Behaviors associated with depression symptoms can also reflect age-related differences. For example, children with depression often are impulsive, restless and demonstrate poor play and social skills.36 Care is needed to discriminate between childhood depression and attention deficit disorders. Adolescents with depression also show greater impulsivity, as well as more irritability, mood lability and decline in academic and social functioning.37-38 Adolescent impulsivity makes this group at greater risk for suicide and engaging in high risk behaviors (alcohol and drug use, promiscuity, reckless driving, criminal activity). As previously noted, there are gender differences in associated behaviors observed in adults with depression. Women have more anxiety symptoms, whereas men have more comorbid alcohol use disorders. In the elderly, there is often a decline in activities of daily living and cognitive impairment than can be confused with early Alzheimer's disease. Loss of friends or spouse is more common in the elderly and grieving must also be separated from depression.

Depression and culture

Although prevalence rates of depression are similar across countries,39 the responses and help seeking behaviors that accompany the symptoms differ across cultures and ethnic groups. Differences may be found in the interpretation of symptoms, the meaning attributed to the symptoms, the degree of stigma surrounding mental health issues, where populations seek services and the types of available social supports.

In summary, depression is a serious global health problem. The high prevalence requires primary care providers to assess their patients for depressive symptoms, especially those in high risk categories. The use of standardized tools may be one strategy that can support immediate clinical decision making, as well as provide data for ongoing service development. Careful attention is needed to recognize the diversity of clinical presentations related to depression. Health professionals need to be aware of the importance of contextual factors such as past serious stressors, age and gender in the heterogeneous spectrum of depressive illnesses. Depression is a complex disorder. An appreciation of the complexity is imperative to fully utilize the broad spectrum of interventions available to help an individual gain full remission of their symptoms.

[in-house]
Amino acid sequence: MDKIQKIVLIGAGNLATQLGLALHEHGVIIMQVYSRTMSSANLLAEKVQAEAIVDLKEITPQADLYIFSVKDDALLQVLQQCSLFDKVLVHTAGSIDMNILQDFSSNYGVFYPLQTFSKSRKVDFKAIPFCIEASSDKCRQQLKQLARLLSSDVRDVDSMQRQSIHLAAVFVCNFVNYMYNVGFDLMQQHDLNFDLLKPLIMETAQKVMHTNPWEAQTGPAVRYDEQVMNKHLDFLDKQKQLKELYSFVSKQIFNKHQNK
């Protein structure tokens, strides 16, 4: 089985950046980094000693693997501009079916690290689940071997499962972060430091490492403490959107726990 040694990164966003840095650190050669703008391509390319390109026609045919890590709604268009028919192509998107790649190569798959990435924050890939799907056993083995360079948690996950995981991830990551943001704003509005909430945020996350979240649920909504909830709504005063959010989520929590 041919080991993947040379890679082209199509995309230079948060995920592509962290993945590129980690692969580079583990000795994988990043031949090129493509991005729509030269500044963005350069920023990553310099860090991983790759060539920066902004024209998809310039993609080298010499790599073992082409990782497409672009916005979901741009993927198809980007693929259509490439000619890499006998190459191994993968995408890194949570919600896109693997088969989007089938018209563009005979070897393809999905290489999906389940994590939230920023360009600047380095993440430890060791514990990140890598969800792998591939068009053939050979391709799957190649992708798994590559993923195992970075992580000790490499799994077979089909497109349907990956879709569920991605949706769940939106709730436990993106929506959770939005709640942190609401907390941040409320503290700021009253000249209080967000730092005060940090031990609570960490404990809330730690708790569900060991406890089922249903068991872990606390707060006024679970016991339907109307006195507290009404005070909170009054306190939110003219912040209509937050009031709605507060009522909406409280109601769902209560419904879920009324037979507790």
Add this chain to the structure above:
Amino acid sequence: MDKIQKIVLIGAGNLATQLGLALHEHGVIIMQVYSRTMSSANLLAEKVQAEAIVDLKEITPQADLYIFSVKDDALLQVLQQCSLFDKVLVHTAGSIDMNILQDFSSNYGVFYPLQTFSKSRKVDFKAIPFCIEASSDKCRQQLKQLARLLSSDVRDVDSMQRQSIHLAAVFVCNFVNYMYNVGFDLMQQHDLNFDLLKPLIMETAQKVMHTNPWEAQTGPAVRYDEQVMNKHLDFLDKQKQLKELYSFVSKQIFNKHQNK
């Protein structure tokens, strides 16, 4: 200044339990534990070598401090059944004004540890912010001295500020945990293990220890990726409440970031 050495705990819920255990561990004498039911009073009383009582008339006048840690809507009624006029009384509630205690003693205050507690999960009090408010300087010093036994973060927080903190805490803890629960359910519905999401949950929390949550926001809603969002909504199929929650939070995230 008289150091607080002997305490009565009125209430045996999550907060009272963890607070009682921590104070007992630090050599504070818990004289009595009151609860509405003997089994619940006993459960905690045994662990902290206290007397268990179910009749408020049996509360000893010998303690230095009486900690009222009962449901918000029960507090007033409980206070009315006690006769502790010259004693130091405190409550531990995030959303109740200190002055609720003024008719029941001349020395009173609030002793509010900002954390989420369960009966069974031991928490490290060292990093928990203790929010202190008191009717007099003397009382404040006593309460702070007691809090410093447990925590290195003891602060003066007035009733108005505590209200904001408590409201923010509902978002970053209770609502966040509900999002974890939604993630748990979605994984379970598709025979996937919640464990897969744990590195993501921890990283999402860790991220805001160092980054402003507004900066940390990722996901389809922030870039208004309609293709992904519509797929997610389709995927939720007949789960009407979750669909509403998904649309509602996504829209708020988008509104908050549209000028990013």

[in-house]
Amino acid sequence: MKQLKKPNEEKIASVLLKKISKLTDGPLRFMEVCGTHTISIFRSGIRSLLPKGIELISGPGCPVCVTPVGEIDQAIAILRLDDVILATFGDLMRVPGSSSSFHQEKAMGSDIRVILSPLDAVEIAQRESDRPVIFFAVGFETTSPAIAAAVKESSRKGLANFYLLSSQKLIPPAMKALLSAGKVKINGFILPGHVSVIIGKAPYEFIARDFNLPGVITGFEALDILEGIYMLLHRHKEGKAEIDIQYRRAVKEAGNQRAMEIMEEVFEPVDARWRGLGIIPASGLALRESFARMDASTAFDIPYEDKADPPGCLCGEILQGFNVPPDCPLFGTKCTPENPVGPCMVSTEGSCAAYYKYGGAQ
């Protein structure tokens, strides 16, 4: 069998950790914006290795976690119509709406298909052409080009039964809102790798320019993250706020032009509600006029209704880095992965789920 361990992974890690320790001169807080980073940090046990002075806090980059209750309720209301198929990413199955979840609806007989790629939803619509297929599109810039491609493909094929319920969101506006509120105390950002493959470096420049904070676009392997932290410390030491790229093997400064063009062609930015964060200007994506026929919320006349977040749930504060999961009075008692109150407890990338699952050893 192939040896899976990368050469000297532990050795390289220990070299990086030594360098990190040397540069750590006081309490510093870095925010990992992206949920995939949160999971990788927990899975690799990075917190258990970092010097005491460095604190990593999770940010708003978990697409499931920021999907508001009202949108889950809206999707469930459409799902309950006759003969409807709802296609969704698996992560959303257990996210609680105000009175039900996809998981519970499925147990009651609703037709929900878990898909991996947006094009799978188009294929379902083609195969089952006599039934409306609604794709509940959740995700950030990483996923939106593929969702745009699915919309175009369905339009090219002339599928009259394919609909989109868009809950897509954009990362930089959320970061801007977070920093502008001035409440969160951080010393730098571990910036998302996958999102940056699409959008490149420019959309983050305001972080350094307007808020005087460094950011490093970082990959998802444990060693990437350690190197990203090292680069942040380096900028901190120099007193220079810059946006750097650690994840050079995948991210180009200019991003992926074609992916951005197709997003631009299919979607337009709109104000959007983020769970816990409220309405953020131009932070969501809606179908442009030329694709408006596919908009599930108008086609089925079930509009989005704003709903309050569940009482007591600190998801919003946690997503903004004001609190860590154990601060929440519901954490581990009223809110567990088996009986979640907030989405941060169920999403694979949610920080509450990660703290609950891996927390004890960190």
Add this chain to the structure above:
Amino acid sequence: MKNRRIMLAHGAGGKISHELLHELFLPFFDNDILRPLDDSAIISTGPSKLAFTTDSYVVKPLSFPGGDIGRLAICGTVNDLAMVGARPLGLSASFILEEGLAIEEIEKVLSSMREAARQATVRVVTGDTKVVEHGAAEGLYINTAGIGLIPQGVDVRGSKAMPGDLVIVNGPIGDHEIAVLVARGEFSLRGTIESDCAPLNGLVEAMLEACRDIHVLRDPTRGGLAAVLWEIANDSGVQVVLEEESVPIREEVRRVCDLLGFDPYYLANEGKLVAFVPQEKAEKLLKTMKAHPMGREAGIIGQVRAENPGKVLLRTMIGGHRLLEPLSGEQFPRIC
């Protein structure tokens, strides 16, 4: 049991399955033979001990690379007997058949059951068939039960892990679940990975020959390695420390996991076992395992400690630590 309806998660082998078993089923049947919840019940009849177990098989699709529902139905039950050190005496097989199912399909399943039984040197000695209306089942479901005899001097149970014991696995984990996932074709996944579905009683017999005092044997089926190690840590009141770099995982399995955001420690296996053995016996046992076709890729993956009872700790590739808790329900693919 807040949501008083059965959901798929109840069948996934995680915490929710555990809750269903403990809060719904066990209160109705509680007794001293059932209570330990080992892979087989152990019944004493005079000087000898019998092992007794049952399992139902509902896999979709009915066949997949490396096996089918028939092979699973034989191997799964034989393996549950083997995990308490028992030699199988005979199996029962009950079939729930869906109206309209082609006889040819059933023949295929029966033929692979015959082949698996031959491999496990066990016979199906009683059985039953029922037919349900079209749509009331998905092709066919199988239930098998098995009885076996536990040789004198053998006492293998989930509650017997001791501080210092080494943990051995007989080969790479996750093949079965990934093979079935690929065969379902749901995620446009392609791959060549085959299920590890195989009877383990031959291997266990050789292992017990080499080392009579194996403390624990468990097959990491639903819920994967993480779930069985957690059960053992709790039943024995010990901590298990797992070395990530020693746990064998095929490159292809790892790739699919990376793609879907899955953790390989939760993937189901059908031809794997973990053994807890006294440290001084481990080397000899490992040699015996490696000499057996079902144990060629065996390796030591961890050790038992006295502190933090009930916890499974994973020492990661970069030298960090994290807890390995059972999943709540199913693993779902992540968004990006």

Many definitions of primary care have been put forward, but all share the basic principles of being a first level of contact with the health system to promote health, prevent illness, care for common illnesses, and manage ongoing health problems. The original focus on phsyisicans as being the sole primary care providers has been replaced with broader application to other health professionals. Two examples that reflect the diversity of how primary care can be structured are primary care networks and more specifically for mental health, "shared care" models. Primary care networks in Canada typically involve salaried physicians working with nurse practitioners and other health care professionals within an urban sector. Many provide both primary care and antepartum and postpartum obstetrical services for low risk pregnancies. Some physicians working in these networks also deliver babies, while others involve an obstetrician at the latter stage of the pregnancy in preparation for delivery by the specialist. The shared care model was developed in response to the scarcity of psychiatrists and the recognition of the advantages of a consultative model for the ongoing care of the mentally ill.40 The model involves a psychiatrist who acts as a consultant and together with mental health therapists and family physicians coordinate the delivery of mental health care. The mental health therapists provide specific mental health therapies to individuals, as well as join in family physician visits related to mental health issues.41-44 Other models have been described, using paraprofessional mental health workers,45 care coaches46 and community advocates within health teams.10 Collaborative care has been shown to be superior to only physician care in depression outcomes.47

Primary care treatment issues in depression

As a primary care provider, there are two fundamental requirements that must guide practice. The first is engagement, which involves more than case identification. Engagement goes beyond assessing for the presence of MDD, and centers on two-way communication about the past and current contexts of an individual's life that may impact on physical and mental health. The second focuses on intervention that goes beyond prescribing appropriate drug therapies to make shared decisions about workable strategies to address the varied symptoms, in a gender-and age-sensitive manner.


There is increasing recognition that screening for both depression and anxiety symptoms are required, especially in primary care where the clinical reality is that they usually coexist.48 A full health history is the starting point for assessing depression and anxiety symptoms. This includes a full physical and mental health assessment. There are a number of well validated standardized tools to screen for depression.49 A recent meta-analysis showed that screening tools were associated with increased recognition, if used with other engagement techniques.50-51 This is also true for anxiety symptoms and alcohol use patterns. There are also several physical health surveys that can be used to record somatic symptoms. The decision to incorporate standardized tools as components of the assessment process should be made by the primary care team as a whole. Important considerations include: population served, characteristics of the community served, severity of the mental health problems encountered, availability of resources to respond to the data collected and protocols to rapidly incorporate the data from the standardized instruments into the clinical assessment. An added benefit of incorporating standardized tools into the practice setting is that it provides better data from which to evaluate the services and to guide ongoing policy and program development.

The context